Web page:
While this is understandable and regrettable, it has impaired greatly the reliability of her testimony. In her appearance before us, Constable Hodgins recognized that some of her testimony conflicted with what she had said previously and with what other witnesses said. However, she persisted in stating that all the other versions (including her own at the inquest) were wrong and that she was now being accurate. We do not agree, nor do we think that her evidence is reliable.

Although Allan’s evidence at our hearings was not as detailed as what he gave at the inquest, we are satisfied that any differences are explained by the passage of time and the considerable distress he experienced at the scene of the shooting and subsequently.

We are well aware of the dangers inherent in accepting the testimony of persons involved in the commission of offences when they are called upon to testify as to the circumstances surrounding those offences. Generally, one might expect that such witnesses would be tempted to shade their testimony in order to put themselves in the best possible light and to shift the responsibility for illegal activity onto others. Having considered those caveats about accepting such evidence, we nonetheless feel we can accept the evidence of Allan on this issue. We can conclude only that Hodgins denied having her gun drawn to support the contention of other officers, including Cross, that they did not have their guns drawn. TOP


Constable Hampton TOP

Despite his statements to the contrary, we conclude that Const. Randy Hampton also had his revolver drawn that night. Melvin Pruden testified that he saw Hampton looking at him in the lane and testified that, "He was pointing a gun at me." Pruden gave a detailed description of Hampton holding his revolver with both hands extended in front of him as he said, "Stop or I’ll shoot" or "Freeze or I’ll shoot." When Pruden ran, he observed Hampton lower his revolver.

Hampton, on the other hand, testified that he never drew his revolver while he was walking down the back lane looking for Pruden, and said that the only object in his hands that night was his portable radio. It is clear he did have his radio in his hand, for there are several radio transmissions from him while he was on foot in the back lane. He said that he did not have his flashlight in his hand and that at no time that evening was his revolver drawn.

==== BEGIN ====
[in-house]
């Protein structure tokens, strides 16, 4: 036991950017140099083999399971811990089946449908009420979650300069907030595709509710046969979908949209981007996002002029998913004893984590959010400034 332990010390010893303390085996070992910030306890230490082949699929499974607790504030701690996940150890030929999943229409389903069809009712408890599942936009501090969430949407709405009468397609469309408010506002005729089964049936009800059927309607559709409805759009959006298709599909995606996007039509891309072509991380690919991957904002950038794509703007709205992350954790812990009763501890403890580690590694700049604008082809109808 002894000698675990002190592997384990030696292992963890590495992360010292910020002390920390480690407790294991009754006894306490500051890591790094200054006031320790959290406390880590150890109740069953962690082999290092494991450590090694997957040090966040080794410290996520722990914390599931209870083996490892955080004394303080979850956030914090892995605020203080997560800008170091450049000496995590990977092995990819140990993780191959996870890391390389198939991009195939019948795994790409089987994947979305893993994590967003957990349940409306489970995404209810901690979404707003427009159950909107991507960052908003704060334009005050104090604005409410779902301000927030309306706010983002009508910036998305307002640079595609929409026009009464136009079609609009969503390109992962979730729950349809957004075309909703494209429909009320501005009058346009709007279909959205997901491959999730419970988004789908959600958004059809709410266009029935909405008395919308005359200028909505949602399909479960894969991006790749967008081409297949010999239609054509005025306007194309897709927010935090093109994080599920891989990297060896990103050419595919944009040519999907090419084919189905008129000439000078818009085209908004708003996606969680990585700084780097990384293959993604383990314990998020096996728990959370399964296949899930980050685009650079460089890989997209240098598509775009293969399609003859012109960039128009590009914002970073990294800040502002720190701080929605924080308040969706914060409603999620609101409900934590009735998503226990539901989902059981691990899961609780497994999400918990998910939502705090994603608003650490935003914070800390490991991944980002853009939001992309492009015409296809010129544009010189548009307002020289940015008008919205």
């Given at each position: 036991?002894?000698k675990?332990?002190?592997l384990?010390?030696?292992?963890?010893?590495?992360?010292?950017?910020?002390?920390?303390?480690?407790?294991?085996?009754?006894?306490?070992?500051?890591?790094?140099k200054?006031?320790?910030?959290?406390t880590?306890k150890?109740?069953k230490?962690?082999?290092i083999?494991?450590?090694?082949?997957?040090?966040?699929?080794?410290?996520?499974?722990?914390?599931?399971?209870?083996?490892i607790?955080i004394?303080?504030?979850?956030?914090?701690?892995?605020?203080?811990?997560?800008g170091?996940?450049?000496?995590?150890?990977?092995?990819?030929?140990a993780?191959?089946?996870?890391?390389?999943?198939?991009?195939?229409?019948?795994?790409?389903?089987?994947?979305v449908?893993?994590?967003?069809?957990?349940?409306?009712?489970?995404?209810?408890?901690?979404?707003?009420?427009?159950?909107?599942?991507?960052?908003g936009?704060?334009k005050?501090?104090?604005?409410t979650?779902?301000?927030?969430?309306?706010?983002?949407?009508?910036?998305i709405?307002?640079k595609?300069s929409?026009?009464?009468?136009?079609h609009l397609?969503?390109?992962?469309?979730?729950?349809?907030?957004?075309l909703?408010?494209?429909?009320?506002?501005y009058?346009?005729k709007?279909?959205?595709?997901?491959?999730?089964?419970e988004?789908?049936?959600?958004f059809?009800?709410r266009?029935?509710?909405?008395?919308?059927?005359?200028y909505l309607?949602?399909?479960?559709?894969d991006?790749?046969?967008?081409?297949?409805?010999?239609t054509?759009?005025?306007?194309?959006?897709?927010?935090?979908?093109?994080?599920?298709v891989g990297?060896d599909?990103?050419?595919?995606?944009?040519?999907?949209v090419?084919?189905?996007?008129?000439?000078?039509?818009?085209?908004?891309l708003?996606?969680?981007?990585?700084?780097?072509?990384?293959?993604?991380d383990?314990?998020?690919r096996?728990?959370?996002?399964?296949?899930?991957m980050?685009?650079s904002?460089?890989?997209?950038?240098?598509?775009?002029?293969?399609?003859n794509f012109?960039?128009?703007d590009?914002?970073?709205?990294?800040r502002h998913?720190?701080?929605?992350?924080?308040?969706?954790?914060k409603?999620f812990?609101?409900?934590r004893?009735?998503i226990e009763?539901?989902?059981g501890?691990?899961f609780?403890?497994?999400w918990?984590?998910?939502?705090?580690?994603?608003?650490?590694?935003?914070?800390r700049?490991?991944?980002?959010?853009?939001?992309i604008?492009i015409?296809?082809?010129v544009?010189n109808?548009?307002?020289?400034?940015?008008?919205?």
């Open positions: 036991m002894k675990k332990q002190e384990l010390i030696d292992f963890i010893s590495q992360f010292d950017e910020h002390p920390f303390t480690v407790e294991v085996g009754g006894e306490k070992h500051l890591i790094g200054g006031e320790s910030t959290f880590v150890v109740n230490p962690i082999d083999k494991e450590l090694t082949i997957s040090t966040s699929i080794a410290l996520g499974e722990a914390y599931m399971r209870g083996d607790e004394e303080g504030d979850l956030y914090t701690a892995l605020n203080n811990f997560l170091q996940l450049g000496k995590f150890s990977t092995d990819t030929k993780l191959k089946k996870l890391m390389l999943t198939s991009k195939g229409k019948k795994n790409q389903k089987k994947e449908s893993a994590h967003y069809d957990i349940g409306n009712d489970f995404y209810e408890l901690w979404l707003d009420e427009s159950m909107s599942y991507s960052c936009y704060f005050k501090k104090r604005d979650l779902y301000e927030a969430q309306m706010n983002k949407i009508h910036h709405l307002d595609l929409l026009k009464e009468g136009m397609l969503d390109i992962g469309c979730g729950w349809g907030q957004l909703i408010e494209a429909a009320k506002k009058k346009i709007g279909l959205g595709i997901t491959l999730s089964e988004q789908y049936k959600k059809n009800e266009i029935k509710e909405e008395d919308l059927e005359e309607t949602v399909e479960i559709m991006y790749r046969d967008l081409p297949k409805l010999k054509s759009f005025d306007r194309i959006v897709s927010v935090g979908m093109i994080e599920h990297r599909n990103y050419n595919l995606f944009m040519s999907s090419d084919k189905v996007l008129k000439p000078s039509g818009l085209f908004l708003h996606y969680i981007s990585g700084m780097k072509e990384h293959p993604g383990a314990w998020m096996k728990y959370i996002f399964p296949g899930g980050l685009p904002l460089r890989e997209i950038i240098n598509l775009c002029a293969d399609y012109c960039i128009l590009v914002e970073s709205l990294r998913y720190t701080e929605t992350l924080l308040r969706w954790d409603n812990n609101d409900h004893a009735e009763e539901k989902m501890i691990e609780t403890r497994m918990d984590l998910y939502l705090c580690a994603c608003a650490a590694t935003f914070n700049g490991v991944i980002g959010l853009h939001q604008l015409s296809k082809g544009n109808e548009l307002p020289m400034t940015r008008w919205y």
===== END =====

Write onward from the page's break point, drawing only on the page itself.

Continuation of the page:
Testimony from other officers did not clarify the matter. Const. Grant Eakin said during his examination before us that when he saw Hampton he was sure that the officer was not holding a gun. Later, during cross-examination, Eakin conceded that he really couldn’t see what Hampton had had in his hand, but remained adamant that he had not seen any officers that night with drawn revolvers. But that does not end the question of Hampton’s gun.

When Pruden eluded Hampton, Poneira took over the chase. Hampton left the lane, ran west down to Blaine Street and across Logan Avenue.

A vehicle driven by Randy Houston was passing by on Logan Avenue between Winks Street and Blaine Street at the same time as Hampton crossed Logan. One of the two passengers in the car, Linda Morissette, testified that she observed an officer holding a revolver in the air while jogging across Logan Avenue between Electa Street and the railway tracks. The person she saw was only three to four car-lengths in front of her vehicle. Morissette was in the front seat with an unobstructed field of vision. The officer was holding the revolver in the air with the right hand, she said, and grasping the right wrist with the left hand. Hampton acknowledged that he was the officer Morissette had seen cross Logan, but again denied having his gun drawn.

Although Morissette was certain that she saw an officer with a gun drawn, she did express some uncertainty about the gender of that officer. At the inquest proceedings before Judge Enns, Morissette initially testified that she had observed a "guy" walking on the right side of the street as she proceeded west on Logan. When pressed on cross-examination, she stated that she thought the officer was female. Her confusion may have resulted from the darkness and the fact that male and female officers wear the same uniforms. That a witness may not be sure about all parts of her evidence is not surprising, for few people would be able to state with certainty what had occurred at all times during a particular evening, although they might be absolutely certain about one or two matters. One must be careful about such evidence, however, and accept it only after carefully considering all other factors, including whether the witness’ recollection is confirmed by any other evidence.